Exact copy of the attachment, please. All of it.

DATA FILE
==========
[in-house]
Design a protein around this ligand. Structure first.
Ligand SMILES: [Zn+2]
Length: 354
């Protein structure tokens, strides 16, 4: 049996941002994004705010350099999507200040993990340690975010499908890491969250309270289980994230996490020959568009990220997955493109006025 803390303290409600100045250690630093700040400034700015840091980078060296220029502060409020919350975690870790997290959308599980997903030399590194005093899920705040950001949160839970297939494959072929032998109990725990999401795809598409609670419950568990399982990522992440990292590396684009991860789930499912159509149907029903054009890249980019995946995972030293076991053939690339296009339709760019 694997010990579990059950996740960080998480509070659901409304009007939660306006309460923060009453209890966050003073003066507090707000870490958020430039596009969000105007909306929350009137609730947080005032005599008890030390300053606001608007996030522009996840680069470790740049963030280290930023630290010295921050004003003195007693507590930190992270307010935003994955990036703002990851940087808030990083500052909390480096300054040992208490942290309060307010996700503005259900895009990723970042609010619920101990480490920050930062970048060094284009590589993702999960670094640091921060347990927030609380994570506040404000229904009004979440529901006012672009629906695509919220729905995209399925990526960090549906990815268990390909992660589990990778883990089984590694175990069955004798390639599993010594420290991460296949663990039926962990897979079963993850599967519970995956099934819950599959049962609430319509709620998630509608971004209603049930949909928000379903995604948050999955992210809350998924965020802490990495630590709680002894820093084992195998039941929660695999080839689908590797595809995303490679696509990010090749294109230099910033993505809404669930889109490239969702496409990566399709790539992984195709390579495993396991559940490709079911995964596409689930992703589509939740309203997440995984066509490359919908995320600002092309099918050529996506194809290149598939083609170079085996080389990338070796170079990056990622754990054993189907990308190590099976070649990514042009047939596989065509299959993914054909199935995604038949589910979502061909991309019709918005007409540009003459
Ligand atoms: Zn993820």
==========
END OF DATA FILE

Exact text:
[in-house]
Design a protein around this ligand. Structure first.
Ligand SMILES: [Zn+2]
Length: 354
């Protein structure tokens, strides 16, 4: 049996941002994004705010350099999507200040993990340690975010499908890491969250309270289980994230996490020959568009990220997955493109006025 803390303290409600100045250690630093700040400034700015840091980078060296220029502060409020919350975690870790997290959308599980997903030399590194005093899920705040950001949160839970297939494959072929032998109990725990999401795809598409609670419950568990399982990522992440990292590396684009991860789930499912159509149907029903054009890249980019995946995972030293076991053939690339296009339709760019 694997010990579990059950996740960080998480509070659901409304009007939660306006309460923060009453209890966050003073003066507090707000870490958020430039596009969000105007909306929350009137609730947080005032005599008890030390300053606001608007996030522009996840680069470790740049963030280290930023630290010295921050004003003195007693507590930190992270307010935003994955990036703002990851940087808030990083500052909390480096300054040992208490942290309060307010996700503005259900895009990723970042609010619920101990480490920050930062970048060094284009590589993702999960670094640091921060347990927030609380994570506040404000229904009004979440529901006012672009629906695509919220729905995209399925990526960090549906990815268990390909992660589990990778883990089984590694175990069955004798390639599993010594420290991460296949663990039926962990897979079963993850599967519970995956099934819950599959049962609430319509709620998630509608971004209603049930949909928000379903995604948050999955992210809350998924965020802490990495630590709680002894820093084992195998039941929660695999080839689908590797595809995303490679696509990010090749294109230099910033993505809404669930889109490239969702496409990566399709790539992984195709390579495993396991559940490709079911995964596409689930992703589509939740309203997440995984066509490359919908995320600002092309099918050529996506194809290149598939083609170079085996080389990338070796170079990056990622754990054993189907990308190590099976070649990514042009047939596989065509299959993914054909199935995604038949589910979502061909991309019709918005007409540009003459
Ligand atoms: Zn993820």